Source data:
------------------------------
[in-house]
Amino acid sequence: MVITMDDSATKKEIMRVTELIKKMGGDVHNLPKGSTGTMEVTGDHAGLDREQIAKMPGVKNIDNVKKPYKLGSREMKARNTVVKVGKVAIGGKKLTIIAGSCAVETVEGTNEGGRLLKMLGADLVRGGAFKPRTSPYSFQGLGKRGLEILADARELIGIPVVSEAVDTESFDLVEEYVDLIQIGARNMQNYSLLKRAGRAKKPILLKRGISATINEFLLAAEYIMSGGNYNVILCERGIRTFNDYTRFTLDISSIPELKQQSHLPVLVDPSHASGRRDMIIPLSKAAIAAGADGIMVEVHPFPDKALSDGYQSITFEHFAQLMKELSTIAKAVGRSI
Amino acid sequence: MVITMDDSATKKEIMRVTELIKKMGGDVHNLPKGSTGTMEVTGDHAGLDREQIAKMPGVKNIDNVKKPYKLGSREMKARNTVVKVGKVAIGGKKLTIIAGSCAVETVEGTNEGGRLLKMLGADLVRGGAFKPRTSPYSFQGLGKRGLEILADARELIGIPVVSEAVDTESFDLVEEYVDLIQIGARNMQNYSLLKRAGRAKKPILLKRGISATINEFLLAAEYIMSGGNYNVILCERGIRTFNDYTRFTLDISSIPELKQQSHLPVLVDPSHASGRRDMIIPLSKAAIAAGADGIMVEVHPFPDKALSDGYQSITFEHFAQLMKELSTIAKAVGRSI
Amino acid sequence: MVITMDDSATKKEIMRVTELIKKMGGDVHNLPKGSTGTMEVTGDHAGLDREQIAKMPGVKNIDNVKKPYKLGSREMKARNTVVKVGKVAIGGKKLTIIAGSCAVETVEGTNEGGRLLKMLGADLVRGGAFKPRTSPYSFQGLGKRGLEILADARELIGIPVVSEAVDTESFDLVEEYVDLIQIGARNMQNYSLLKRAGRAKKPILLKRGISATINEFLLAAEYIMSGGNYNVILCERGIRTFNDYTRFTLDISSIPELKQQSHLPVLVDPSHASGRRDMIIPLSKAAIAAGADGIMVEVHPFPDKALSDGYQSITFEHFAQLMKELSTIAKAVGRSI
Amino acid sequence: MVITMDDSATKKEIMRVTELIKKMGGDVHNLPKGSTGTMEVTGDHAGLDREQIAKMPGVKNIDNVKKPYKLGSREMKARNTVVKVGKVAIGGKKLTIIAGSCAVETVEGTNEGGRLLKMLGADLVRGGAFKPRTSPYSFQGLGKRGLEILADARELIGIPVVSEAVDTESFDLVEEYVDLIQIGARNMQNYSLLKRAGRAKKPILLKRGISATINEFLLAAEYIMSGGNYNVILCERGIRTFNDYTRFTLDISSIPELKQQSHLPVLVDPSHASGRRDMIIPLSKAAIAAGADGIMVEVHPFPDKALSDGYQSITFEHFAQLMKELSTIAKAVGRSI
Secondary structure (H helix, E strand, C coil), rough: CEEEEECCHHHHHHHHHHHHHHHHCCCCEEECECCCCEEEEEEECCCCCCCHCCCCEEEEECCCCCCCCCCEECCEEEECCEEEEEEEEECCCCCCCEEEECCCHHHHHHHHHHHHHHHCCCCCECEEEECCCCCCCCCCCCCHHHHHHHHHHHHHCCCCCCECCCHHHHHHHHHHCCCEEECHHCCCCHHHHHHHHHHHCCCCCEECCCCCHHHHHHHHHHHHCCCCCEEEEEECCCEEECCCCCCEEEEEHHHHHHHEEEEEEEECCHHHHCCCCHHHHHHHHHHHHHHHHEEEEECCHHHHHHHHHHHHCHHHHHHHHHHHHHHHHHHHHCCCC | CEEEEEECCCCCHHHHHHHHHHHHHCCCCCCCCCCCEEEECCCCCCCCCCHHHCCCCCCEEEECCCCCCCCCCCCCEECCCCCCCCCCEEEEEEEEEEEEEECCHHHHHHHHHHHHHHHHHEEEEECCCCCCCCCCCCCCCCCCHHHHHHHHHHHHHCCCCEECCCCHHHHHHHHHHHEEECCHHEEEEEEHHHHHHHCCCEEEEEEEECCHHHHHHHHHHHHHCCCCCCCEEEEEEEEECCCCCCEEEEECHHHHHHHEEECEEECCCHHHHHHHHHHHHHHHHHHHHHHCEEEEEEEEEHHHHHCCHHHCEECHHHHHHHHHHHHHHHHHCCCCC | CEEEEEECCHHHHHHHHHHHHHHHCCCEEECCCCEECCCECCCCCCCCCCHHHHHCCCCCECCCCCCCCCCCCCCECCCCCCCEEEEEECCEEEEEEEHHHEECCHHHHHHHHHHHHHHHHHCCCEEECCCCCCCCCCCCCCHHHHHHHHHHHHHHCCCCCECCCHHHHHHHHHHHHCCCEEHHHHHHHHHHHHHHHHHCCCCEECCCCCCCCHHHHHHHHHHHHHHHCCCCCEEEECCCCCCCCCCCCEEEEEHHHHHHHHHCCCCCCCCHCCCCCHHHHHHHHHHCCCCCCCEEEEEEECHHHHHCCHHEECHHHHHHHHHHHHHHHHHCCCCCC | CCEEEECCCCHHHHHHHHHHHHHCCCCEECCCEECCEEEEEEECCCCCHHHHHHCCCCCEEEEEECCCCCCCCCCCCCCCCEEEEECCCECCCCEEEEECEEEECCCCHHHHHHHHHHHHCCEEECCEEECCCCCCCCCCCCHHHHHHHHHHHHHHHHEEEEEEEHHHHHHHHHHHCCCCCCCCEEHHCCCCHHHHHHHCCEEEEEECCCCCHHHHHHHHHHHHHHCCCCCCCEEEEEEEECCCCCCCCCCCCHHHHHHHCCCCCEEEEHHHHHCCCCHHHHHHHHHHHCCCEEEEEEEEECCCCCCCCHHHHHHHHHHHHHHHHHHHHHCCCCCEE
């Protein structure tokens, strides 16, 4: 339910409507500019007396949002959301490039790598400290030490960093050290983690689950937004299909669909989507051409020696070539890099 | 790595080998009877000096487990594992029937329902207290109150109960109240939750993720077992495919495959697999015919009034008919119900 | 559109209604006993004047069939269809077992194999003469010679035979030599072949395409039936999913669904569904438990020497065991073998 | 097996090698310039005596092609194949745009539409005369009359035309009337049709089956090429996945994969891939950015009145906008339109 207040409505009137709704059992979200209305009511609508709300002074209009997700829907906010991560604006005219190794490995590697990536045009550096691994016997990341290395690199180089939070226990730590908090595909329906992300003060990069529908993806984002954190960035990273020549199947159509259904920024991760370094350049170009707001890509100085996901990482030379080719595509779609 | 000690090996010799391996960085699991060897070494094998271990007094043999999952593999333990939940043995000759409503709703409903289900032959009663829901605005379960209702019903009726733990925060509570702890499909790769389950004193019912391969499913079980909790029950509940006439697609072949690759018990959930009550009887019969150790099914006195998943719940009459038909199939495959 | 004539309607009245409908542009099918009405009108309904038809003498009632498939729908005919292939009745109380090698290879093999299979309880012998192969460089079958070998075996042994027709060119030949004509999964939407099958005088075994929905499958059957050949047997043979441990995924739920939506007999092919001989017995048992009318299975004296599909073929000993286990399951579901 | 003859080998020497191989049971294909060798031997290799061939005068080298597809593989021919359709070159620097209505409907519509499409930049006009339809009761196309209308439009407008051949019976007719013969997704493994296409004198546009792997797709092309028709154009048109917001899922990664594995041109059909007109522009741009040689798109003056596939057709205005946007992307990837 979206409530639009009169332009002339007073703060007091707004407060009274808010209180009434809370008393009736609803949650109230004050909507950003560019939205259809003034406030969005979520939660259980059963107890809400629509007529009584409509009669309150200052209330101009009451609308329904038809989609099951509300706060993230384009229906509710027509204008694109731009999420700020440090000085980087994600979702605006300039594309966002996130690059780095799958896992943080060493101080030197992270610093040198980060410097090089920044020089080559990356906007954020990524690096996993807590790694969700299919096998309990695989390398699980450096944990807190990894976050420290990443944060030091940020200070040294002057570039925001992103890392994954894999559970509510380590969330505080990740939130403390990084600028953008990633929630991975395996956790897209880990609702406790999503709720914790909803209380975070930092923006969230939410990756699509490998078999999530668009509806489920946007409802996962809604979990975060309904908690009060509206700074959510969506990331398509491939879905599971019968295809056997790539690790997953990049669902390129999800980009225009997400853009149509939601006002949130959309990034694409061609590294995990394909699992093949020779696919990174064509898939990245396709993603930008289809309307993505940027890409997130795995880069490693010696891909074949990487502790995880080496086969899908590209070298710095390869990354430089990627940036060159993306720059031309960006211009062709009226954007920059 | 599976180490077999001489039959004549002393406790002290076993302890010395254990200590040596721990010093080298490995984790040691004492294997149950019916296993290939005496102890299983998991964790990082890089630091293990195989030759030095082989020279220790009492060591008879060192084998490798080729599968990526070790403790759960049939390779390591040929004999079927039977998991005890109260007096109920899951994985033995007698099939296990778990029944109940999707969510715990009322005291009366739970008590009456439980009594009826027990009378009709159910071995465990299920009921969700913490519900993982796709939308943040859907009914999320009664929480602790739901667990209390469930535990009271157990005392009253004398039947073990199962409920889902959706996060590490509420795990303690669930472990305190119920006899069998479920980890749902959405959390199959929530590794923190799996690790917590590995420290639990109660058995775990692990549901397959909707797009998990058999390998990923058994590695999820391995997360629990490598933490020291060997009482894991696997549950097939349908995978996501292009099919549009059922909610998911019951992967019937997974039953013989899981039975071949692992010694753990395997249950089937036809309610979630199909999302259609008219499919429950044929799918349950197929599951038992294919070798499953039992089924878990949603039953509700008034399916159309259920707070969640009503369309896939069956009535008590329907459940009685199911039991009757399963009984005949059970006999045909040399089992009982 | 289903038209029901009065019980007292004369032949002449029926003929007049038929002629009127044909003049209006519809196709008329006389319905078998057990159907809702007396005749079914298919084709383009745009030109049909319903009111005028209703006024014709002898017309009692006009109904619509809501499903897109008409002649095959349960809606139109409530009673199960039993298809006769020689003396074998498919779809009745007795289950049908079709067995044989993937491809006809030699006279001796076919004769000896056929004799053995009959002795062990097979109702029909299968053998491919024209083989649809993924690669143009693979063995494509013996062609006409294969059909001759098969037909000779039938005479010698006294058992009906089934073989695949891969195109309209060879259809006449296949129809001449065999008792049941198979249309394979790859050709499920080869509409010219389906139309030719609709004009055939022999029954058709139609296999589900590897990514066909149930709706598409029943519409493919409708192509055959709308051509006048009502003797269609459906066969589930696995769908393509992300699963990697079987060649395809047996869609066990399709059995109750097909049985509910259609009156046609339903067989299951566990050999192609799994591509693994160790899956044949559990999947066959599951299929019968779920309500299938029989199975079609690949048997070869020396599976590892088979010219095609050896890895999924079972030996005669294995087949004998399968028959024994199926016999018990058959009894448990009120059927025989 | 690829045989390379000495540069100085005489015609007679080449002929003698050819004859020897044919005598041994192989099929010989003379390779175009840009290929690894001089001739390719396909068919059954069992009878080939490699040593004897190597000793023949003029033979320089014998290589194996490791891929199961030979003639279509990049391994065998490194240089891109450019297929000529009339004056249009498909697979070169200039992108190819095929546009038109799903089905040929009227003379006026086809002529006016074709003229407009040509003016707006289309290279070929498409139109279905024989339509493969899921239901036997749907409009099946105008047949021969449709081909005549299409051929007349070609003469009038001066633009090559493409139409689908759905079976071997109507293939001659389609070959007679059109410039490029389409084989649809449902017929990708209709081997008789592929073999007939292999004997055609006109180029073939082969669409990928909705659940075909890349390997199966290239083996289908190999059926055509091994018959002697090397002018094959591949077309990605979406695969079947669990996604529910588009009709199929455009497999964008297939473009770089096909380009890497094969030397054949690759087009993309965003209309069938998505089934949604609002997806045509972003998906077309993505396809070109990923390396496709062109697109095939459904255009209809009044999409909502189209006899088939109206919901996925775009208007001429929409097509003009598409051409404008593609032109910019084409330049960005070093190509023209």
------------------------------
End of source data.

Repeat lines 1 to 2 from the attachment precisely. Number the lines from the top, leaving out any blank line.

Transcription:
[in-house]
Amino acid sequence: MVITMDDSATKKEIMRVTELIKKMGGDVHNLPKGSTGTMEVTGDHAGLDREQIAKMPGVKNIDNVKKPYKLGSREMKARNTVVKVGKVAIGGKKLTIIAGSCAVETVEGTNEGGRLLKMLGADLVRGGAFKPRTSPYSFQGLGKRGLEILADARELIGIPVVSEAVDTESFDLVEEYVDLIQIGARNMQNYSLLKRAGRAKKPILLKRGISATINEFLLAAEYIMSGGNYNVILCERGIRTFNDYTRFTLDISSIPELKQQSHLPVLVDPSHASGRRDMIIPLSKAAIAAGADGIMVEVHPFPDKALSDGYQSITFEHFAQLMKELSTIAKAVGRSI